Will iconic images recorded in the grooves of an ancient vase unite the Holy Land or rip it further apart?


A novel by Mark M. DeRobertis

Muhsin Muhabi is a Palestinian potter, descended from a long line of potters. His business is run from the same shop owned by his ancestors since the day his forebears moved to Nazareth. The region's conflict saw the death of his oldest son, and rogue terrorists are in the process of recruiting his youngest in their plot to assassinate the Pope and Israeli prime minister.

Professor Hiram Weiss is an art historian at Nazareth’s Bethel University. He is also a Shin Bet operative on special assignment. With the help of fellow agent, Captain Benny Mathias, he plans to destroy the gang responsible for the death of his wife and only child. He puts a bomb in the ancient vase he takes on loan from Muhsin’s Pottery Shop.

Mary Levin, the charming assistant to the director of Shin Bet, has lost a husband and most of her extended family to recurring wars and never-ending terrorism. She dedicates her life to the preservation of Israel, but to whom will she dedicate her heart? The brilliant professor from Bethel University? Or the gallant captain who now leads Kidon?

Harvey Holmes, the Sherlock of Haunted Houses, is a Hollywood TV host whose reality show just flopped. When a Lebanese restaurant owner requests his ghost-hunting services, he believes the opportunity will resurrect his career. All he has to do is exorcise the ghosts that are haunting the restaurant. It happens to be located right across the street from Muhsin’s Pottery Shop.

Tuesday, September 29, 2015

Outlines Helpful, but not Necessary

When beginning a novel, outlines are helpful but not necessary. I wrote Killer of Killers with no outline. I had no clue what was going to happen, who was going to be in it, and how it was going to end. As I wrote it, however, the pieces just fell into place. When I wrote the sequel, Killer Eyes, which is coming out soon, I did use an outline. But after the book was finished, I really didn't follow the outline. At least not exactly. The outline helped, however, since it gave me a blueprint, so to speak to follow. But even  so, the final version was far from what was in the outline.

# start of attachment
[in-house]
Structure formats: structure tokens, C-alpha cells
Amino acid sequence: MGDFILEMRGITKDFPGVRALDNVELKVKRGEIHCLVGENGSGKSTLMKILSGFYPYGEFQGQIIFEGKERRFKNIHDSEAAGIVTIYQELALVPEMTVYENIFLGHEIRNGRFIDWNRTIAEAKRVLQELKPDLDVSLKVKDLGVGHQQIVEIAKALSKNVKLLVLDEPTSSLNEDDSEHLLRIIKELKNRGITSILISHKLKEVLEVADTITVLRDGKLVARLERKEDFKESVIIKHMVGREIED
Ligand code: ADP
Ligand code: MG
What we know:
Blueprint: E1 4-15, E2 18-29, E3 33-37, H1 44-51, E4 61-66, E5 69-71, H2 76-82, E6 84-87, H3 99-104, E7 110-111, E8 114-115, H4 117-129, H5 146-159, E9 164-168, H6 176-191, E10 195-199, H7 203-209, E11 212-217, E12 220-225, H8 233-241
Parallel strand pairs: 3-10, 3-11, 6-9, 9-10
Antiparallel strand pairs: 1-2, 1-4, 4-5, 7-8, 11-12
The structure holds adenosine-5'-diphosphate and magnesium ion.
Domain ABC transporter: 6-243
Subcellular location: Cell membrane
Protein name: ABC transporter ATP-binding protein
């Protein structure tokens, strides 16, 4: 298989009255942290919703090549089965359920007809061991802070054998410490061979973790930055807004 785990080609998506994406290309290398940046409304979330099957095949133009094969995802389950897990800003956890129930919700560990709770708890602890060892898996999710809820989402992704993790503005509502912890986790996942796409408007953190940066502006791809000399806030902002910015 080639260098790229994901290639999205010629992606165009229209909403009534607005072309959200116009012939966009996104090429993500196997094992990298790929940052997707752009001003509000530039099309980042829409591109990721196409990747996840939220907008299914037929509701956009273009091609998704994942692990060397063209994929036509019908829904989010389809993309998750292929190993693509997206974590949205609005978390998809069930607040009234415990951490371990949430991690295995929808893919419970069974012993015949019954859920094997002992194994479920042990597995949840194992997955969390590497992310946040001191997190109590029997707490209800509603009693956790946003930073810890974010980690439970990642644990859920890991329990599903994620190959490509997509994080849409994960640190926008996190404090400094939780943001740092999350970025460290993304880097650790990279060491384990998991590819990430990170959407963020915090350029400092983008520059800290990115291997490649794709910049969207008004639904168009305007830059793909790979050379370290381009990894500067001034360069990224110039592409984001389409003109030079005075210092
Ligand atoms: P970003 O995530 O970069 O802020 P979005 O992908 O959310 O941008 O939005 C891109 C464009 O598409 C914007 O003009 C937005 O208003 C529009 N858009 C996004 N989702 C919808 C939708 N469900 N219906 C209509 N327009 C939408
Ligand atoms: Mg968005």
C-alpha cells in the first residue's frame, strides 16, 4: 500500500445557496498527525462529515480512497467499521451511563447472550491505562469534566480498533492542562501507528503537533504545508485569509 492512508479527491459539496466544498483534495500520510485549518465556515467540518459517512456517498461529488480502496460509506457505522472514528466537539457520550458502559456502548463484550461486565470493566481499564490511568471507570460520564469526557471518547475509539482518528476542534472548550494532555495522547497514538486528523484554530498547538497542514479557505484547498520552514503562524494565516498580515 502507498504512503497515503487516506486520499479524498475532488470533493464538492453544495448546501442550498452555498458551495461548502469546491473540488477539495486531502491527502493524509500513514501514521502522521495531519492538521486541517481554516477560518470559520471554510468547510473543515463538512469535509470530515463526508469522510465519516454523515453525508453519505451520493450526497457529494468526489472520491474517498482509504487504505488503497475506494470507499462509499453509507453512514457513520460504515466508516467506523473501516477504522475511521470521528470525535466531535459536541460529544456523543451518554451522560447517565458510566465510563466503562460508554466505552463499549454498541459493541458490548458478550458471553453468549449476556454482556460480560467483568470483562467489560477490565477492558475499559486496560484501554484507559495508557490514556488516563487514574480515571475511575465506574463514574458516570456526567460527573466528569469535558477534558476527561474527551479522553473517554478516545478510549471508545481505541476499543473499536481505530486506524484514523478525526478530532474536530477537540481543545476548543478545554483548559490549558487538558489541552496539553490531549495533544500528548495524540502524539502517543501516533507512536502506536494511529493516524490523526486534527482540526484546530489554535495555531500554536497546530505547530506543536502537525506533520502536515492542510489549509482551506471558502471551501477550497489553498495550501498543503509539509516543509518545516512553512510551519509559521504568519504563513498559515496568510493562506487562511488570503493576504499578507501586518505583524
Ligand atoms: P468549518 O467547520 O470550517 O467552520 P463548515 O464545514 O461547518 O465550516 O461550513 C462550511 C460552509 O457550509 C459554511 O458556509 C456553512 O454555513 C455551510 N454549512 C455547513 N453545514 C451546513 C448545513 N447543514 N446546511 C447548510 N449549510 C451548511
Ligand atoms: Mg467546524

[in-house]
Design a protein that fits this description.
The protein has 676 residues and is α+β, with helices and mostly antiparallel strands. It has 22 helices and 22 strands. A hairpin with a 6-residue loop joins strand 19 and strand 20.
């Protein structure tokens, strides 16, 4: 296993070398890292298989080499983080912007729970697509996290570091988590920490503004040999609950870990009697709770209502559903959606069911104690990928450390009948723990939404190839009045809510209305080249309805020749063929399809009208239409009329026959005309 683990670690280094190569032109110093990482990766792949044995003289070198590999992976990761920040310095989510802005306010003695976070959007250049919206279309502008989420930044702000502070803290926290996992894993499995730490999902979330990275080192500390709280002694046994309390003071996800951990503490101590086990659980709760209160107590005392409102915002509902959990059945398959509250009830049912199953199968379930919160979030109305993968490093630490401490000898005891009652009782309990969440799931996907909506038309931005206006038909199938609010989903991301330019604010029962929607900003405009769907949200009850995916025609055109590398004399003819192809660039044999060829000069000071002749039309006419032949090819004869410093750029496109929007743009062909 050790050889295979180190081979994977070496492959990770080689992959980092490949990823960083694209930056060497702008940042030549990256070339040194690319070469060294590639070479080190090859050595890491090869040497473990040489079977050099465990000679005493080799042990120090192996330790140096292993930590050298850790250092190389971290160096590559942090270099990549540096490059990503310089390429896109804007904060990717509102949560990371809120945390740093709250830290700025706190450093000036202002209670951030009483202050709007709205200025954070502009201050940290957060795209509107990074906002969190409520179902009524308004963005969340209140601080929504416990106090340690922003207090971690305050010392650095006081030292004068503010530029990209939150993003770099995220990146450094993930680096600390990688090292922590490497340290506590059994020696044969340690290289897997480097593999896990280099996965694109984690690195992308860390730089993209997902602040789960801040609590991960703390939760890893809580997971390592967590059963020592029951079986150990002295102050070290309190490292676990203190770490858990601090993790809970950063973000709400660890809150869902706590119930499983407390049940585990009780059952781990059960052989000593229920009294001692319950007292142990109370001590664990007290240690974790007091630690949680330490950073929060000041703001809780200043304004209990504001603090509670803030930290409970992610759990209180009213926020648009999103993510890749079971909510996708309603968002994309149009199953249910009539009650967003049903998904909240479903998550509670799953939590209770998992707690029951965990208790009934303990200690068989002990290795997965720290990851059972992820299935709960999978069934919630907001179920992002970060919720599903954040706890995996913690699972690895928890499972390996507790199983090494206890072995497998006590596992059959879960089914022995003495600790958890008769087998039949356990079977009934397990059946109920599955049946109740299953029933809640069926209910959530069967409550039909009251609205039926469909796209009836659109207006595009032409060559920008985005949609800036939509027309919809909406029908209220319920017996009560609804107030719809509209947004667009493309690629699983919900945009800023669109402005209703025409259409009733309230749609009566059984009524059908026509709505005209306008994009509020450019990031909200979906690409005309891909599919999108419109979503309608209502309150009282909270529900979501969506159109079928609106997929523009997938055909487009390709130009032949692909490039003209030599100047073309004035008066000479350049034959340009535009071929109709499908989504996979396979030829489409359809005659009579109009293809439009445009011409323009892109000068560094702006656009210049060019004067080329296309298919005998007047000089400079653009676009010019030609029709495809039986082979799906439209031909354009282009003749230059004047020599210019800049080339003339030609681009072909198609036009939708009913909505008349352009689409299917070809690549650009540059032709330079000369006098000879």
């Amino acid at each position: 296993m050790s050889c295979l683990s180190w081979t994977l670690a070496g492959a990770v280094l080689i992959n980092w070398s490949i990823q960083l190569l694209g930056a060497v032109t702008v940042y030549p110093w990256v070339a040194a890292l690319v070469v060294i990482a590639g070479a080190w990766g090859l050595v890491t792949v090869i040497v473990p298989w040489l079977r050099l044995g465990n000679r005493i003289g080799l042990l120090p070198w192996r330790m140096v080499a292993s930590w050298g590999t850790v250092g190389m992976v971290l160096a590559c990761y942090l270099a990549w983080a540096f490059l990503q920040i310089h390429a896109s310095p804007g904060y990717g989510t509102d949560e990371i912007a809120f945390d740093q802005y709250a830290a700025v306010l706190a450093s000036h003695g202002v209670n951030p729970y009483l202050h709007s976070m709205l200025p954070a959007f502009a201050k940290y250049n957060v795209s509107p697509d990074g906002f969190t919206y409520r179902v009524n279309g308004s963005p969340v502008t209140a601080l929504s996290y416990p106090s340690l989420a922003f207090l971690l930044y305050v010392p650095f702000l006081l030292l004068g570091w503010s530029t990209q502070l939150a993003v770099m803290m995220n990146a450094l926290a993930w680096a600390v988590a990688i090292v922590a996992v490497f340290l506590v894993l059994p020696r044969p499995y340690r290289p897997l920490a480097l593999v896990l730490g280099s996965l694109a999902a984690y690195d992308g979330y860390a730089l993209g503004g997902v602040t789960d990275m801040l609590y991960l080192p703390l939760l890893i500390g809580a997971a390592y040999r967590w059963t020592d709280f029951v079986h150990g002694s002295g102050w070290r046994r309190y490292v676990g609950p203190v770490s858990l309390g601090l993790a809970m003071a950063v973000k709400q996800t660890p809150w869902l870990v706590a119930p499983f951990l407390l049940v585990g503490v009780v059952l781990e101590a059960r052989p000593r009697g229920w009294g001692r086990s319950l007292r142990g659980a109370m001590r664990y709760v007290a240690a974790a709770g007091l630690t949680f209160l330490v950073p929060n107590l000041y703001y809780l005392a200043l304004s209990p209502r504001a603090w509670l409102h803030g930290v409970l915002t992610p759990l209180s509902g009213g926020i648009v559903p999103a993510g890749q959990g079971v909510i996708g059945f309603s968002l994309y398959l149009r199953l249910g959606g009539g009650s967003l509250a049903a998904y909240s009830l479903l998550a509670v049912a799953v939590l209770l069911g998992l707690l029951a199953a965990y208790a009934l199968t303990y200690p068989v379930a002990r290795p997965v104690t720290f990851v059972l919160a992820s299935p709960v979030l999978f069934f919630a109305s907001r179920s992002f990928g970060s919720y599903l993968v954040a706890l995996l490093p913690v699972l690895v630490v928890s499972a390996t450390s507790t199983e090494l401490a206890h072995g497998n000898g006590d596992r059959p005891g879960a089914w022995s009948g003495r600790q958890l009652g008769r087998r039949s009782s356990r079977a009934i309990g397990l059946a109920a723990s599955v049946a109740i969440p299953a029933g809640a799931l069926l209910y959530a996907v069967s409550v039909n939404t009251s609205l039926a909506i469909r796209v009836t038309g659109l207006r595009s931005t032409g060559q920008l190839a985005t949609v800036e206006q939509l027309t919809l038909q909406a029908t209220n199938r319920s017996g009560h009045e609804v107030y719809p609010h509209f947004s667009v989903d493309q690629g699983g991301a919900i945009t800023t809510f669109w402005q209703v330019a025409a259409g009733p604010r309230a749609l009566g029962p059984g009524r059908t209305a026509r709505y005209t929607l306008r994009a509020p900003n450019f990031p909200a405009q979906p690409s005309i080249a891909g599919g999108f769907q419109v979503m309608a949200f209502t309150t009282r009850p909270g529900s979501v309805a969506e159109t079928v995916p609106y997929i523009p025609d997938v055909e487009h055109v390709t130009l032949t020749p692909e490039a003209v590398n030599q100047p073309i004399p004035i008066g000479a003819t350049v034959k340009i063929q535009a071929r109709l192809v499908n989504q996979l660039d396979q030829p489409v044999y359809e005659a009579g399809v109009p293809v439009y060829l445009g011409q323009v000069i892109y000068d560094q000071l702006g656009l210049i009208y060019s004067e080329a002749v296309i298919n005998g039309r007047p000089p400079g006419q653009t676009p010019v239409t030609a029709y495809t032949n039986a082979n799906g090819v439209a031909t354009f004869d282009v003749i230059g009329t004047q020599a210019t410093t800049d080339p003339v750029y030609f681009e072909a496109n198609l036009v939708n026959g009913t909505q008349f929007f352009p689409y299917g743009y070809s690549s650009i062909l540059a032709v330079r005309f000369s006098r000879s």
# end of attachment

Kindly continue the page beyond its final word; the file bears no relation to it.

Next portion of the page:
When I wrote The Vase, I  had a good idea what I wanted in that story. I used a sparse outline for that one, but like Killer Eyes, the final version bore little resemblance to the outline. And for John Dunn, well, since that was a true story, his real life, and the real historical events provided a ready made outline. I followed that, but added a couple fictitious events, which mostly centered on the doings of Dunn's first wife, Catherine Pierce.

For Second Chance, I followed the events as I dreamed them, but fleshed it out with additional characters and a rich story line. Which brings me to the third Killer story, Killer on the Payroll, and the YA story, Inside the Outhouse. I wrote an outline for Killer on the Payroll, but did not for Inside the Outhouse. And strangely, it's the latter book that's making more progress.

You'd think the book with the outline would be the one making more progress, but I'm finding that the book with no outline has more freedom to go wherever the story takes me. That's not to say that I can't throw out the outline, which I had done already. It's a fun process, but there's no strict rule to follow. I mean other than the 3rd person limited POV rule. That's one rule I'll never break again. Ever.

No comments:

Post a Comment